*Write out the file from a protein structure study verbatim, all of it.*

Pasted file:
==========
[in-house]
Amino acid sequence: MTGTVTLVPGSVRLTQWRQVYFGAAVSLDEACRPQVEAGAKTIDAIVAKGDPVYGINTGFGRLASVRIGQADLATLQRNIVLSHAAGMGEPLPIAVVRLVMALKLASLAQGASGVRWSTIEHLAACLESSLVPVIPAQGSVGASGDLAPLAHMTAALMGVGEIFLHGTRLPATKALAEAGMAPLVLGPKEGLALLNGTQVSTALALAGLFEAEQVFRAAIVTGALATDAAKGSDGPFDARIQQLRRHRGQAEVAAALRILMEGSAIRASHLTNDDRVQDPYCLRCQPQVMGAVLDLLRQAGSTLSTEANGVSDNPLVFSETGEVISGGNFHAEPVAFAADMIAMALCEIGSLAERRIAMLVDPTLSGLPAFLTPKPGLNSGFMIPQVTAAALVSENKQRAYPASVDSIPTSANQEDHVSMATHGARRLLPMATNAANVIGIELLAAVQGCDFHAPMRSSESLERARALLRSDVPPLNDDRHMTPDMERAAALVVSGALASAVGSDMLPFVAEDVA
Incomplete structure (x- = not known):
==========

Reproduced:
[in-house]
Amino acid sequence: MTGTVTLVPGSVRLTQWRQVYFGAAVSLDEACRPQVEAGAKTIDAIVAKGDPVYGINTGFGRLASVRIGQADLATLQRNIVLSHAAGMGEPLPIAVVRLVMALKLASLAQGASGVRWSTIEHLAACLESSLVPVIPAQGSVGASGDLAPLAHMTAALMGVGEIFLHGTRLPATKALAEAGMAPLVLGPKEGLALLNGTQVSTALALAGLFEAEQVFRAAIVTGALATDAAKGSDGPFDARIQQLRRHRGQAEVAAALRILMEGSAIRASHLTNDDRVQDPYCLRCQPQVMGAVLDLLRQAGSTLSTEANGVSDNPLVFSETGEVISGGNFHAEPVAFAADMIAMALCEIGSLAERRIAMLVDPTLSGLPAFLTPKPGLNSGFMIPQVTAAALVSENKQRAYPASVDSIPTSANQEDHVSMATHGARRLLPMATNAANVIGIELLAAVQGCDFHAPMRSSESLERARALLRSDVPPLNDDRHMTPDMERAAALVVSGALASAVGSDMLPFVAEDVA
Incomplete structure (x- = not known):